Like a warning before any Jackass movie, let’s begin with a notice regarding all Las Vegas Summer League games. The performances witnessed in the NBA summer leagues do not accurately represent the outlook for the Phoenix Suns’ season, nor should they be taken as gospel.
Now that’s out of the way, the Suns’ first summer league game Saturday in Las Vegas went well. Phoenix blew out the Portland Trail Blazers 82-69 after awaking to overcome an eight-point deficit. Leading by as many as 20, the Suns used a surging Markieff Morris to come away with the win. The older of the twins overcame eight personal fouls and a terrible start – including a 3-for-11 start from the field – to finish 7-for-15. Brother Marcus Morris added 14 more on a more efficient 4-for-9 outing.
The Suns shot 43 percent but the second-half output of 50 points in 20 minutes was impressive.
And for all the clammering about the Suns passing on Sacramento’s Ben McLemore to take Alex Len with the fifth overall pick, it was Portland’s 10th overall pick, C.J. McCollum, who was making Phoenix’s decision more questionable. McLemore had an awful outing earlier in the day, shooting 4-for-23 and missing 10-of-11 three-point attempts. Later Saturday, McCollum scored 15 first-half points but finished with just 22.
Trail Blazers general manager Neil Olshey, speaking to NBATV, summed up McCollum’s performance well. He joked that it took 3.5 games into the season for opposing teams to blitz last season’s Rookie of the Year Damian Lillard on pick-and-rolls. It took 3.5 quarters for Phoenix to send the heat McCollum’s way.
After the rookie guard abused Kendall Marshall and Archie Goodwin, the Suns put P.J. Tucker on him and blitzed him off screens, forcing shotclock violations and throwaways. Meanwhile, the offense began to click as the Suns pulled away.
Marshall’s so-so outing
Was it good that P.J. Tucker can get up on McCollum and stay in front of him? Or bad news Kendall Marshall can’t?
Finishing with the Suns’ second-best plus-minus of plus-14, Marshall controlled the game well. He did that last season toward the end of the year. But Marshall took just four shots and scored four points to go with four assists in 18 minutes. No, it wasn’t bad per se, but Marshall still hasn’t shown aggressiveness that will open up passing lanes and help him score. Two of the points came with a game clock winding down – point is, he can be effective, but he rarely puts himself in attack position to do so.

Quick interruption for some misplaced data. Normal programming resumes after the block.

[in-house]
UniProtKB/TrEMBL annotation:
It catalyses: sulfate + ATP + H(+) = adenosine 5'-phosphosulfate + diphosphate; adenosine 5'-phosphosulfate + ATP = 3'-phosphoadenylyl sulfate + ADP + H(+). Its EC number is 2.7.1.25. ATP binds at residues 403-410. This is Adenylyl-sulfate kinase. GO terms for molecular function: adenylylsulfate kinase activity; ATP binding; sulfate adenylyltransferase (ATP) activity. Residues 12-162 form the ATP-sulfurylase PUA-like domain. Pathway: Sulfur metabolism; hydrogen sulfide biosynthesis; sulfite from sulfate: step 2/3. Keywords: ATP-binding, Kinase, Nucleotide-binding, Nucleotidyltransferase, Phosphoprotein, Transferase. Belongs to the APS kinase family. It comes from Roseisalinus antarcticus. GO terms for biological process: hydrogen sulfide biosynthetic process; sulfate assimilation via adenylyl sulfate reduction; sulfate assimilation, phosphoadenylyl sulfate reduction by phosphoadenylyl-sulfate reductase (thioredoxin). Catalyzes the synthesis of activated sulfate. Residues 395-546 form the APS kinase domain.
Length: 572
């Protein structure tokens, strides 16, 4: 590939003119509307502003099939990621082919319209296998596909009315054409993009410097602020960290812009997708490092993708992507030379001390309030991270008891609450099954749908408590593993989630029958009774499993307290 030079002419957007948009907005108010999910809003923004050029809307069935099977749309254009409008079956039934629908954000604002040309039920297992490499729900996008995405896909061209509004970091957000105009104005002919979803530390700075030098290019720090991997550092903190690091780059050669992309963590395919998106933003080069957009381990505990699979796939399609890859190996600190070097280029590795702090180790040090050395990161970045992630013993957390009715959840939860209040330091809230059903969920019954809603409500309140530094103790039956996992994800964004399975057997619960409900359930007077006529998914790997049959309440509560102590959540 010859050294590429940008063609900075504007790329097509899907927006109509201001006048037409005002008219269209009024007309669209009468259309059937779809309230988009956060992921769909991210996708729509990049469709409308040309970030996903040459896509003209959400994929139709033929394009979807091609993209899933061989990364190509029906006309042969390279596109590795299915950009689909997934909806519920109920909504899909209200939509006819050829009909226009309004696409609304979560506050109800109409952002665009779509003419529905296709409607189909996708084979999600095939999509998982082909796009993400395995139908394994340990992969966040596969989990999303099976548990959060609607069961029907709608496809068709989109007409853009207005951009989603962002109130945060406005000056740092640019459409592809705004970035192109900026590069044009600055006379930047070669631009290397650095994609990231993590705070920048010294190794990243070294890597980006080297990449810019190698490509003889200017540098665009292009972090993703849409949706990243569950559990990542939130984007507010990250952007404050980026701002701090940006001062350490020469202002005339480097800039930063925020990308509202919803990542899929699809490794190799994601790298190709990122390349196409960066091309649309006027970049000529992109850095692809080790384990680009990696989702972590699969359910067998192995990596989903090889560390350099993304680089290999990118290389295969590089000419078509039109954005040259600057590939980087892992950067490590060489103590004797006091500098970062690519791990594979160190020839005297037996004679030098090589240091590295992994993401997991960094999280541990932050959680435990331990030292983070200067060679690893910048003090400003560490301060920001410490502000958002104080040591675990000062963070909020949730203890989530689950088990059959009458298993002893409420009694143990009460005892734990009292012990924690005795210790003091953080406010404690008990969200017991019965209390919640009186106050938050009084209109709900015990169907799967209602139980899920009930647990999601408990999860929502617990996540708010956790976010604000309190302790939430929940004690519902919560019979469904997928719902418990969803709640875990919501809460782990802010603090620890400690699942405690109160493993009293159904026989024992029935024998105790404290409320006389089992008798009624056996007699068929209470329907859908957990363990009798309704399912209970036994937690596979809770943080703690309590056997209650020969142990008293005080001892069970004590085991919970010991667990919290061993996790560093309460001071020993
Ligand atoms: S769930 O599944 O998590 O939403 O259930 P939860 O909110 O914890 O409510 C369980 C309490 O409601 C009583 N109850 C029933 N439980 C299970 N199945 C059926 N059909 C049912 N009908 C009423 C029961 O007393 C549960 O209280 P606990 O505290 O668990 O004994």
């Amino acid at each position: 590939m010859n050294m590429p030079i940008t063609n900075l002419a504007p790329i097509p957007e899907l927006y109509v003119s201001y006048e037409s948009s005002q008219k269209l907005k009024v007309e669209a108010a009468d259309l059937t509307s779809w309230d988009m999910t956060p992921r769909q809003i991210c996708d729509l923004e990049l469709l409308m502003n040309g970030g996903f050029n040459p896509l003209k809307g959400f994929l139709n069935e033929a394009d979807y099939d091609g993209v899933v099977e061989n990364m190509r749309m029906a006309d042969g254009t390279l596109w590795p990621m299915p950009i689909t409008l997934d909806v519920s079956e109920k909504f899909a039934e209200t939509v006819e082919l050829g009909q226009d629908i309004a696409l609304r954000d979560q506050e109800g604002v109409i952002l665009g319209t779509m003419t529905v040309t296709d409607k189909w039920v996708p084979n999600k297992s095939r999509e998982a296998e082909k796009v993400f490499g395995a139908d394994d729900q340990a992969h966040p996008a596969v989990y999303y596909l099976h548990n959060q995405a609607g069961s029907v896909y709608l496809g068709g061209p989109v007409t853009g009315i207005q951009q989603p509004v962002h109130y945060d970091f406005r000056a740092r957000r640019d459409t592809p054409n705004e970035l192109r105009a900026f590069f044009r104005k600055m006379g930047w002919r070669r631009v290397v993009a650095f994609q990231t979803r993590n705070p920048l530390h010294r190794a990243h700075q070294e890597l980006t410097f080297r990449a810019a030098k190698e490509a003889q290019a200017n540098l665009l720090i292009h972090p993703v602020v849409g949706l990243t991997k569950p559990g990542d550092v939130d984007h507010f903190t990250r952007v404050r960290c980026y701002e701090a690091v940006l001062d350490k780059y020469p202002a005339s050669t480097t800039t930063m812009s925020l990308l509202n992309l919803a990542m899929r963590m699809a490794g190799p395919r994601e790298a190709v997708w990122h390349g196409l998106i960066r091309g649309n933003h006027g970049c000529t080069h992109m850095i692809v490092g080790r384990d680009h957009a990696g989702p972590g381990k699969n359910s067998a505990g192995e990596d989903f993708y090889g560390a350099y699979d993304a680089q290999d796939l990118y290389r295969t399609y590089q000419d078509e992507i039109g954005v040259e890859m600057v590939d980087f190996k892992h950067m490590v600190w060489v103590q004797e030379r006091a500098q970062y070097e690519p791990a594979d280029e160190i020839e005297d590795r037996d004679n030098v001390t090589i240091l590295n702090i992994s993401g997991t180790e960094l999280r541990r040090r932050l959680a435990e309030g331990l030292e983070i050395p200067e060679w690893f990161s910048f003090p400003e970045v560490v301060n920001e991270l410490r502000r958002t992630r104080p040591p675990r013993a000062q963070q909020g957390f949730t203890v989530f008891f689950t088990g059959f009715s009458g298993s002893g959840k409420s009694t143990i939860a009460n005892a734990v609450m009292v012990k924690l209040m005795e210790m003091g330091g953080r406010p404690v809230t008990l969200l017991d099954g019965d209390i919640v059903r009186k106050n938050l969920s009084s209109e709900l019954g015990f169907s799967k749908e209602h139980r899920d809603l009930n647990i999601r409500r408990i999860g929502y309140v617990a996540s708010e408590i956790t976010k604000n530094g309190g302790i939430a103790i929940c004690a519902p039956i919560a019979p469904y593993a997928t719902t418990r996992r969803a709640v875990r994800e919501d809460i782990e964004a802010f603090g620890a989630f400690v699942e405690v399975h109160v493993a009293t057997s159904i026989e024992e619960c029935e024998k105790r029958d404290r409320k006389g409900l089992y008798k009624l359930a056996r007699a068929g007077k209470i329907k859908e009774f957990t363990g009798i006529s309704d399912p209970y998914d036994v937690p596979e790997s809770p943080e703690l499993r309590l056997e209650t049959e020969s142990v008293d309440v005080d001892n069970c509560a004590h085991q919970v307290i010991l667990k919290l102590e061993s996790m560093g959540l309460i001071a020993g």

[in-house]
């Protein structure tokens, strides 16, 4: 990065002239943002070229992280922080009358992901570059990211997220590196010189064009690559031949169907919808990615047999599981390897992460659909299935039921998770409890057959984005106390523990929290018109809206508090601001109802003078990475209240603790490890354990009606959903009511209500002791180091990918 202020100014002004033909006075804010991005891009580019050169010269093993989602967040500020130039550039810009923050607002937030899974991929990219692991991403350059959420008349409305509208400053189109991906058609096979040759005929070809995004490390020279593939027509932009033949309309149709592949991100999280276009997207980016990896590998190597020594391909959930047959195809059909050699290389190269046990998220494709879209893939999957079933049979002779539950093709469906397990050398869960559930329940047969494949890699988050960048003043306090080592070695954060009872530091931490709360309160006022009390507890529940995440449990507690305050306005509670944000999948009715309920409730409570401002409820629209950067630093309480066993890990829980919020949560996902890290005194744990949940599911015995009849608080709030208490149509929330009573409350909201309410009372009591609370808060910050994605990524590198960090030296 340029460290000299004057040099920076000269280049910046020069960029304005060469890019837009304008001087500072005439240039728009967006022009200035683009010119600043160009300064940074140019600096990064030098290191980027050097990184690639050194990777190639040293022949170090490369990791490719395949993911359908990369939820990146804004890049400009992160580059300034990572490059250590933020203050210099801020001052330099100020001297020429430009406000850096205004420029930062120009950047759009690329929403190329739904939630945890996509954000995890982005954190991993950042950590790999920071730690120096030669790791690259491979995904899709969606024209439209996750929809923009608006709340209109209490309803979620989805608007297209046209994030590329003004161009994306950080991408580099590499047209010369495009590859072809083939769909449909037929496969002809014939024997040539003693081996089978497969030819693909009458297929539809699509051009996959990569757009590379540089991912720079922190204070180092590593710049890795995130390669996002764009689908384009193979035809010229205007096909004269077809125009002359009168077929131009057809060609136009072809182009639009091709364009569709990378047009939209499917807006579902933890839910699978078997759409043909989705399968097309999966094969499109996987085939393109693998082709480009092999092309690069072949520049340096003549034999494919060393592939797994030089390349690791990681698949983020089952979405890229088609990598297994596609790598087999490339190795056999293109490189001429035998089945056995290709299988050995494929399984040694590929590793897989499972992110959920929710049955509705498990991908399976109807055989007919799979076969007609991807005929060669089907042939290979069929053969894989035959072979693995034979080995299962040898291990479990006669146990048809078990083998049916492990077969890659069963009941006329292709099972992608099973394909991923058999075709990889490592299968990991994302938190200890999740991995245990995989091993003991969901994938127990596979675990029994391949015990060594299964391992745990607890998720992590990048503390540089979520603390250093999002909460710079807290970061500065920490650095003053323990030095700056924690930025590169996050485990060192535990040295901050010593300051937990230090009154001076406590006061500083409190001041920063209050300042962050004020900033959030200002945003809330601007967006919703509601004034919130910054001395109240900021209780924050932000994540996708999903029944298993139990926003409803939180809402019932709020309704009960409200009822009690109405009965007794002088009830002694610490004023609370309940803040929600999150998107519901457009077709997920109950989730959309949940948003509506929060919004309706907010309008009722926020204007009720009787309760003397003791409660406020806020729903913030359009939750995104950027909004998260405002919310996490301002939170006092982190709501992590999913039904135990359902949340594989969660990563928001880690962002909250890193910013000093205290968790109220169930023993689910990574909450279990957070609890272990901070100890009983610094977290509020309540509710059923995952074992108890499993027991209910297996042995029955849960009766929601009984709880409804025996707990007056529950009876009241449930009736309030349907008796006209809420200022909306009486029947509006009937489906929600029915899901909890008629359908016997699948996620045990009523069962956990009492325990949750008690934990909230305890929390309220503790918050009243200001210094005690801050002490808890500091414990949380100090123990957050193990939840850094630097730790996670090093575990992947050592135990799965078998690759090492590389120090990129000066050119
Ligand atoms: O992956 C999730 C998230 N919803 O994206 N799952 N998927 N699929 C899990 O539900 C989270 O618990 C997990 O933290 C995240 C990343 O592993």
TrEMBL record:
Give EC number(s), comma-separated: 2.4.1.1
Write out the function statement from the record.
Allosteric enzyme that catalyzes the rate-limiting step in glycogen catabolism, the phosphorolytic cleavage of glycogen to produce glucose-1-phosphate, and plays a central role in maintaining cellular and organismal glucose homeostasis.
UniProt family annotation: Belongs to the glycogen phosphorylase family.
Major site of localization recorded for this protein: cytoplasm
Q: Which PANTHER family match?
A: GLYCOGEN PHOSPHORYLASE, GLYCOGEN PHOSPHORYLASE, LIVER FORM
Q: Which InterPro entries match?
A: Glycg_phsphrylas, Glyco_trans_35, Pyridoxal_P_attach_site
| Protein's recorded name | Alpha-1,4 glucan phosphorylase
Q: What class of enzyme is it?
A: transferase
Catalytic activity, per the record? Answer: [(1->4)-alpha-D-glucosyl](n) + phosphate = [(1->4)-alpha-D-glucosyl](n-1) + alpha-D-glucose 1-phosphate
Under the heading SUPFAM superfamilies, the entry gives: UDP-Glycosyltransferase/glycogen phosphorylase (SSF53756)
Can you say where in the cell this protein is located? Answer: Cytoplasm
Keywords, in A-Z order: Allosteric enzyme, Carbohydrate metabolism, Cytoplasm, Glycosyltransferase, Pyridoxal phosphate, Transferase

So who is Arinze Onuaku
In the D-League last season, the 26-year-old and former Syracuse big man averaged 12.6 points and 9.5 rebounds in just 24 minutes per game. On Saturday, he put up seven points, 11 rebounds and had a team-leading plus-minus of plus-16. He was a big part of the Suns blitzing McCollum on pick-and-rolls and hedged well with pressure with his mobile 6-foot-9, 276 pound frame.
The scary part is this. In 17 minutes, Onuaku grabbed more rebounds than the Morris twins, who combined to play 40 minutes (the twins started in the frontcourt with Tucker, and Goodwin and Marshall started in the backcourt).
Upside for Archie
Goodwin’s length showed on defense. He got a hand on the ball against McCollum’s dribble, then nearly stole the ball in a passing lane during the first half. But both times, McCollum recovered. After losing the ball in the first half, he got Goodwin on his back and found himself into the lane for a floater. After nearly having the ball stolen atop the key, he splashed a three-pointer over Goodwin’s reach.
Goodwin also got beat off the dribble by Will Barton but recovered to block it from behind. A foul was called on Goodwin, which was annoying enough for Markieff Morris to draw a technical foul.
Overall, there’s much promise but a long learning curve. If anything, Goodwin looked engaged throughout and showed little signs – offball rotations! – that he is a smart basketball player.
On offense, Goodwin’s jumper was effective. He scored 13 points and hit a three and a long two-pointer coming off a high screen. He struggled to even get the ball on the rim when fouled, but at least he got fouled. Goodwin saw a good deal of time at point guard along with Diante Garrett and Marshall, but he is still far from looking like a point guard – the Russell Westbrook comparisons need to rest.
What does Hornacek’s coaching look like?
In general Hornacek appeared calm on the bench. His coaching changes at the half, especially against McCollum, were simple but smart.
By scoring 82 points on 43 percent shooting, Phoenix really did push the tempo – remember, there are only 40 minutes in summer league games. The Suns had 16 turnovers, not bad for their first game. Organizationally, all looked well. Most impressively, the Suns were balanced. They shot 6-for-16 from three-point range but also got to the foul stripe 27 times.
The Suns have added Dwayne Collins, their No. 60 overall draft pick from 2010, to the Summer League roster.